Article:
WhatsApp Channels – learnings from an early adopter

By Zander Mills, Corporate Communication Manager, South Yorkshire Fire and Rescue Service

At South Yorkshire Fire & Rescue, we’ve very recently dipped our little toes into WhatsApp Channels- a new and potentially game-changing communication channel for brands and organisations.

Most people will be familiar with WhatsApp- half of the UK population uses it.

Channels is a new feature which WhatsApp itself describes as “a one-way broadcast tool for admins to send text, photos, videos, stickers, and polls”. You’ll find Channels in a new tab called Updates on WhatsApp– separate from your chats with family and friends.

It’s different type of channel from what many communication teams will be used to. Its one way, broadcast style obviously has its limitations.

But it might be music to the ears of public service comms professionals fed up of wading through a torrent of bile every time they log on to one of their existing social media platforms.

A couple of weeks into using WhatsApp, these are our very early learnings:

  • You’ll need a phone- we already had a ‘WhatsApp phone’ which we use to share updates with a staff broadcast group. We’ve now converted this for use for our public Channel. It is currently the only way we can post updates to our channel. It looks like WhatsApp may roll out a new ‘admins’ feature in the future though, which would make it much easier for multiple team members to manage
  • Best practice is few and far between- with it being such a new channel, there’s very little in the way of ‘best practice’ from other organisations, with the most followed UK brands a mixture of news organisations and football clubs. We’ve learned that the best practice is usually your own practice though, so we’re just going to give things a go and develop our own learning as we go along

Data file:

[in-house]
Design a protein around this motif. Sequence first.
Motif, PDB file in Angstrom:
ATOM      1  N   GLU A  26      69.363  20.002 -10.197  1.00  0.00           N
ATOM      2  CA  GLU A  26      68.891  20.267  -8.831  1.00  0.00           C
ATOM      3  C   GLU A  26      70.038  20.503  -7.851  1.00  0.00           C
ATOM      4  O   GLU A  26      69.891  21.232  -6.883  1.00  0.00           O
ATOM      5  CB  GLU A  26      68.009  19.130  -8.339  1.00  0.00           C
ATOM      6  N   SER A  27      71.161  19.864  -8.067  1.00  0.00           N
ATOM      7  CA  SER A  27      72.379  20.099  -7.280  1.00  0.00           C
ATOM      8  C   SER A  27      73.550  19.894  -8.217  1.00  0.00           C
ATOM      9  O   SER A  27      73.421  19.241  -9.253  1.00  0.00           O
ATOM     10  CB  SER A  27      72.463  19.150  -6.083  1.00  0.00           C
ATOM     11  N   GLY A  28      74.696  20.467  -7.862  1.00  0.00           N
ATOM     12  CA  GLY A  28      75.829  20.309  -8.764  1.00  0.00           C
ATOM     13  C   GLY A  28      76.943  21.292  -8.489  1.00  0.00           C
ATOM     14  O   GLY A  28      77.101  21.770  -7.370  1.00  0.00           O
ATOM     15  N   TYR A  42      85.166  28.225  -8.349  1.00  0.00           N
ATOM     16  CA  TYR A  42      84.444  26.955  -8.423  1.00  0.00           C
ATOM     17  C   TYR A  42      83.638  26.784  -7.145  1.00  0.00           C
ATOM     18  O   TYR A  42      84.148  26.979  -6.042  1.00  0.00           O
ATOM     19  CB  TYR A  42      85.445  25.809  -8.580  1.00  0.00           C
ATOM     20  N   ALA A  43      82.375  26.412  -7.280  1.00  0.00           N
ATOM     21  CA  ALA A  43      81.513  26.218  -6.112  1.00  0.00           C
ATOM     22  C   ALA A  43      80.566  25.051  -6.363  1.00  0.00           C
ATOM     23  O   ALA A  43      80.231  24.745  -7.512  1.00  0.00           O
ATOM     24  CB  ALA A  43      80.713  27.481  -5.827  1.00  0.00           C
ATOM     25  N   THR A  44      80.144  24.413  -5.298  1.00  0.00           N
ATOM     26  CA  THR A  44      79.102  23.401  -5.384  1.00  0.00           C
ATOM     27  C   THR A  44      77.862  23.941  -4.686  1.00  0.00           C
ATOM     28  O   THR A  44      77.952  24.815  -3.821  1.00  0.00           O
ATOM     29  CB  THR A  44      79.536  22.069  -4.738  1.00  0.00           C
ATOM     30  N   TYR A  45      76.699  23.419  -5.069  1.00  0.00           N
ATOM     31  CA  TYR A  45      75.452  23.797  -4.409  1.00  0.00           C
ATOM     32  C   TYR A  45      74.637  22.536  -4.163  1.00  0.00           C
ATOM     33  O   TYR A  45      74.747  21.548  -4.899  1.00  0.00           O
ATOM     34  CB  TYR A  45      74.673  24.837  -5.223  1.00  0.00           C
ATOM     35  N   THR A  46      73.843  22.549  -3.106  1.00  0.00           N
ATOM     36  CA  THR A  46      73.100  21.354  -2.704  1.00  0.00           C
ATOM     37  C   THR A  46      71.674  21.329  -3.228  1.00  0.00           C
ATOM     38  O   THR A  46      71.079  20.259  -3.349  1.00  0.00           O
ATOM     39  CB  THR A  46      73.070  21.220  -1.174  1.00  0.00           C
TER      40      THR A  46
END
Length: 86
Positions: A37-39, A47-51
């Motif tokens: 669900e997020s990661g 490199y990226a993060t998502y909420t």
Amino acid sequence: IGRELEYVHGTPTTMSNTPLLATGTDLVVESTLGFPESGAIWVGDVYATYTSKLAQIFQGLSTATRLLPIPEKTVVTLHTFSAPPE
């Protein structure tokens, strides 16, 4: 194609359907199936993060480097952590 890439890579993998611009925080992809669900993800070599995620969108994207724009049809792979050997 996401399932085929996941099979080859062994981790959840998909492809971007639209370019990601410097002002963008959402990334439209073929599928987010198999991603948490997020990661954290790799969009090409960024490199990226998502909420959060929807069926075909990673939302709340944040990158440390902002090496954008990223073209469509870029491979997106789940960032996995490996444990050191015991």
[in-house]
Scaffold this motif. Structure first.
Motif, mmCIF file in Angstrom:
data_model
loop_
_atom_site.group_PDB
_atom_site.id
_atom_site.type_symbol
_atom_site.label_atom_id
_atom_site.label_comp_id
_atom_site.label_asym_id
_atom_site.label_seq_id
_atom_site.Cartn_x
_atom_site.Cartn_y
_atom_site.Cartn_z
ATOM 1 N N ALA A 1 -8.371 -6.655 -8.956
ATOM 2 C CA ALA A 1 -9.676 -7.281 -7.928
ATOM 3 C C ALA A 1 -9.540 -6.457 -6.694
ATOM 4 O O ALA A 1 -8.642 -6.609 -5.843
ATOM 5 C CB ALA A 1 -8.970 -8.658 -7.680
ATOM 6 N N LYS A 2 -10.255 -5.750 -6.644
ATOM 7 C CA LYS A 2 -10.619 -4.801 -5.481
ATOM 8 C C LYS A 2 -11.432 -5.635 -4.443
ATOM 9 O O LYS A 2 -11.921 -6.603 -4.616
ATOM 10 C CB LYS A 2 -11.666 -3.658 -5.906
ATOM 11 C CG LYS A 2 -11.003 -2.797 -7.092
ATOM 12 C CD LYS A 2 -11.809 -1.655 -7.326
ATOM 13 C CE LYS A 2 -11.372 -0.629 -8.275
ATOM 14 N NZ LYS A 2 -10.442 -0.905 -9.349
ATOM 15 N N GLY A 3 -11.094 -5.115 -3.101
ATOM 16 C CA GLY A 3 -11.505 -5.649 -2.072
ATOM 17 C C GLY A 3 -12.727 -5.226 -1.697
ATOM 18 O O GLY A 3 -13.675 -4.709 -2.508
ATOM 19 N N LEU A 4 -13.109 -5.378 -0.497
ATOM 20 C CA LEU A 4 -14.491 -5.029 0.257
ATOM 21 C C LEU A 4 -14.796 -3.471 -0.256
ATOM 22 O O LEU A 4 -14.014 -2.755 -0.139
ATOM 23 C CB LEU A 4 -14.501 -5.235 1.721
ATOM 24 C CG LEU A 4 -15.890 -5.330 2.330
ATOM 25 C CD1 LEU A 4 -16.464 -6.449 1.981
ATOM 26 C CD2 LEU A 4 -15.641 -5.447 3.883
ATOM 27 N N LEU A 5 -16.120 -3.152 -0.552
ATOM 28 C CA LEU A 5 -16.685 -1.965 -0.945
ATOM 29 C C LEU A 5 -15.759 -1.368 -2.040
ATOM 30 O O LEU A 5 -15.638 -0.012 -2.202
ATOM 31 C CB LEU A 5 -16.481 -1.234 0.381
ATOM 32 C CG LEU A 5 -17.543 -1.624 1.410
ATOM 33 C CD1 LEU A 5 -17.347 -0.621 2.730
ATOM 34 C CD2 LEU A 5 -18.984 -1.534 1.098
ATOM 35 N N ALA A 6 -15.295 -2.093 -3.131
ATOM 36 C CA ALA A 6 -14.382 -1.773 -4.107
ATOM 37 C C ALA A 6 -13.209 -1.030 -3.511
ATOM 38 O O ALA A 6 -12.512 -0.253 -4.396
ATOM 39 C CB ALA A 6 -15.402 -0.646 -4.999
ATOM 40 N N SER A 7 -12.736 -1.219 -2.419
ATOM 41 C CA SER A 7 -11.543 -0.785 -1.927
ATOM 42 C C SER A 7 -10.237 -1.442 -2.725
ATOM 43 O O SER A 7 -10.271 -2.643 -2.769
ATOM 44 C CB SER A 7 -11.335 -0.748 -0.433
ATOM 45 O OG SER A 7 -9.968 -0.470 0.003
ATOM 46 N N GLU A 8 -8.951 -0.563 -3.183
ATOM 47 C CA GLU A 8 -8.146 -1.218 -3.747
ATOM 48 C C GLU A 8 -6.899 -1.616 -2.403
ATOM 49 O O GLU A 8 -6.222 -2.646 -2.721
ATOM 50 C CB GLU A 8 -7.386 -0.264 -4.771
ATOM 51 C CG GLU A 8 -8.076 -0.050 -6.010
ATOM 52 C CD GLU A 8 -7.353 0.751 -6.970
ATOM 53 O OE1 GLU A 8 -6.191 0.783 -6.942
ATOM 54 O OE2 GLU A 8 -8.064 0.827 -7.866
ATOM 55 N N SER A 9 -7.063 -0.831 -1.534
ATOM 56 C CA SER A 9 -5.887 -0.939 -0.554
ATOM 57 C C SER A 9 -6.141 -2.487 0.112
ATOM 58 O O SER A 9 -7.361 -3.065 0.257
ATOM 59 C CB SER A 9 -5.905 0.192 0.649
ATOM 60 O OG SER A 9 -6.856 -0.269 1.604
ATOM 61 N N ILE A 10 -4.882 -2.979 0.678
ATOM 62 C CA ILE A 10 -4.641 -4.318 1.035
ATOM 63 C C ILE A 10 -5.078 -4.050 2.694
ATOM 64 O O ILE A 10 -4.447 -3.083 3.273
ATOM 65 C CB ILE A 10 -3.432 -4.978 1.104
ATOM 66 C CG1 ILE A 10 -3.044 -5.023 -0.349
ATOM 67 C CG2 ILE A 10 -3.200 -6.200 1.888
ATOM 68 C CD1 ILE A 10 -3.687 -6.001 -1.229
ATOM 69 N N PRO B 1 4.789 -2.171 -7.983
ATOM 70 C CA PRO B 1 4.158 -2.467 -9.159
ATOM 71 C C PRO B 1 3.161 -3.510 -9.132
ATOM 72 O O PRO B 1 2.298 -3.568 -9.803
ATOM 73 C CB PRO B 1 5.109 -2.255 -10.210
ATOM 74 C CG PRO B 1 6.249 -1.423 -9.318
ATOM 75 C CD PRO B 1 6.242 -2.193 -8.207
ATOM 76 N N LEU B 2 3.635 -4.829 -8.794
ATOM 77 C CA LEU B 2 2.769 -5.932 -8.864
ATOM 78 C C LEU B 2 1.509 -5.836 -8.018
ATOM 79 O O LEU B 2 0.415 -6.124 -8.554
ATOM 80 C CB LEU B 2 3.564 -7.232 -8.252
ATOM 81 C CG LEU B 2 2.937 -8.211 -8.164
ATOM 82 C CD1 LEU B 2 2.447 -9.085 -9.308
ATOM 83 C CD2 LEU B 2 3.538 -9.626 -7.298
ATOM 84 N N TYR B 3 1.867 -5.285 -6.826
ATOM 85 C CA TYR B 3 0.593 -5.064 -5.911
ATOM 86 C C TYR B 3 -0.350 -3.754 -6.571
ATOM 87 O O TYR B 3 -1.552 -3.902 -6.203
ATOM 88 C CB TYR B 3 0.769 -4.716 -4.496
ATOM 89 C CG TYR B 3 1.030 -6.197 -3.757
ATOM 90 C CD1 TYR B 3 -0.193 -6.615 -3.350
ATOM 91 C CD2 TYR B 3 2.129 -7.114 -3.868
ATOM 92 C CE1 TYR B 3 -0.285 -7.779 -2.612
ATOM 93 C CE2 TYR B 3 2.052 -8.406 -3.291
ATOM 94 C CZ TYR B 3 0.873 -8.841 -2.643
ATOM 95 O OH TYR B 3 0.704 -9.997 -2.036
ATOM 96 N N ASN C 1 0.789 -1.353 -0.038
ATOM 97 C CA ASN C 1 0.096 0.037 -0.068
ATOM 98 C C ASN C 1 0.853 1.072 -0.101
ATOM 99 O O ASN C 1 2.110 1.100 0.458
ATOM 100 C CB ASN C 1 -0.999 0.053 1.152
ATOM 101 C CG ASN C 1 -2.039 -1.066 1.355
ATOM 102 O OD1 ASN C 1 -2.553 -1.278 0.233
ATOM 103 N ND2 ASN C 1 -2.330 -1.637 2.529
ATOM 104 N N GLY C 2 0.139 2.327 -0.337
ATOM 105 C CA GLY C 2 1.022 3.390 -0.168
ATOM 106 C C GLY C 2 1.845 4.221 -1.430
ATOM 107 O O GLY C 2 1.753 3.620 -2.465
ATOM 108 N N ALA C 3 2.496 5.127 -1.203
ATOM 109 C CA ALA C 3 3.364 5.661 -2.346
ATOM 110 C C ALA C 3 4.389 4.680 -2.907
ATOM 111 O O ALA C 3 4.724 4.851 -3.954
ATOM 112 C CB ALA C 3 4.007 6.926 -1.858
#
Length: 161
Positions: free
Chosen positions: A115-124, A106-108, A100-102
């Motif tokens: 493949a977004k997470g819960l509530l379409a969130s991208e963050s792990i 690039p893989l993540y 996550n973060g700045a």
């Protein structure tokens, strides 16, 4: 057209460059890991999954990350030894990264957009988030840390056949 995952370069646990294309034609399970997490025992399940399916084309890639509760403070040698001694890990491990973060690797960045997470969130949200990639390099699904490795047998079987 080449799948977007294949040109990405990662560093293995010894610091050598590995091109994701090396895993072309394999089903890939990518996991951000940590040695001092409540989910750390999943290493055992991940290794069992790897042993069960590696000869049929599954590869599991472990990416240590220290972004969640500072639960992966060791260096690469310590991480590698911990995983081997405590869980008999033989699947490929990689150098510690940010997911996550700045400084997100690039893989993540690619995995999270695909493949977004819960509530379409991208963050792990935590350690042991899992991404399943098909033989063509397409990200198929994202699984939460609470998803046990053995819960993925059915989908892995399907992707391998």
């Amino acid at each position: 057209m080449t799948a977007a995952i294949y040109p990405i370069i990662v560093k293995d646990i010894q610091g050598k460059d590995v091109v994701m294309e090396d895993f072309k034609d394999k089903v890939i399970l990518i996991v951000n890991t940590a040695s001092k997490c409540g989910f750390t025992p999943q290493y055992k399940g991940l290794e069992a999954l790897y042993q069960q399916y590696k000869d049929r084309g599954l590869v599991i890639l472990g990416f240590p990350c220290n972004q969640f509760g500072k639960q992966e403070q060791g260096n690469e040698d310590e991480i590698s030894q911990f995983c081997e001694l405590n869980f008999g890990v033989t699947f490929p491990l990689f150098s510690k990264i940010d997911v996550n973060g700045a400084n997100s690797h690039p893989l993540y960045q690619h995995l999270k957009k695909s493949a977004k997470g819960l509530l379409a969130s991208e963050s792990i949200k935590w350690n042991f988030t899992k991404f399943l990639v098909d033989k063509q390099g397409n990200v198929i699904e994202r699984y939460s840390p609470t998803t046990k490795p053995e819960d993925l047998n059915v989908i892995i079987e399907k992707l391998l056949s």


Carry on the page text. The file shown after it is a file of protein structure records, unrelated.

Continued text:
• Experiment lots- we’re going to be trying lots of different types of content to see what works best. By analyzing engagement metrics (currently limited to reactions) and follower numbers, we hope to gain insights into the performance of our messages and refine our approach over time
  • Warn and inform- we’ve no plans to stop using X altogether as it remains the place people tend to turn to in an emergency situation, but as the number of active users wanes we do see Channels forming potentially forming part of a longer term transition away from the artist formerly known as Twitter – particularly for warning and informing our communities during major emergencies.

If you’re interested in finding out how we get on- or want to learn from our mistakes- you can sign-up to our channel here.

WhatsApp’s potential as a tool for public sector engagement is vast, so wish us luck on our journey!


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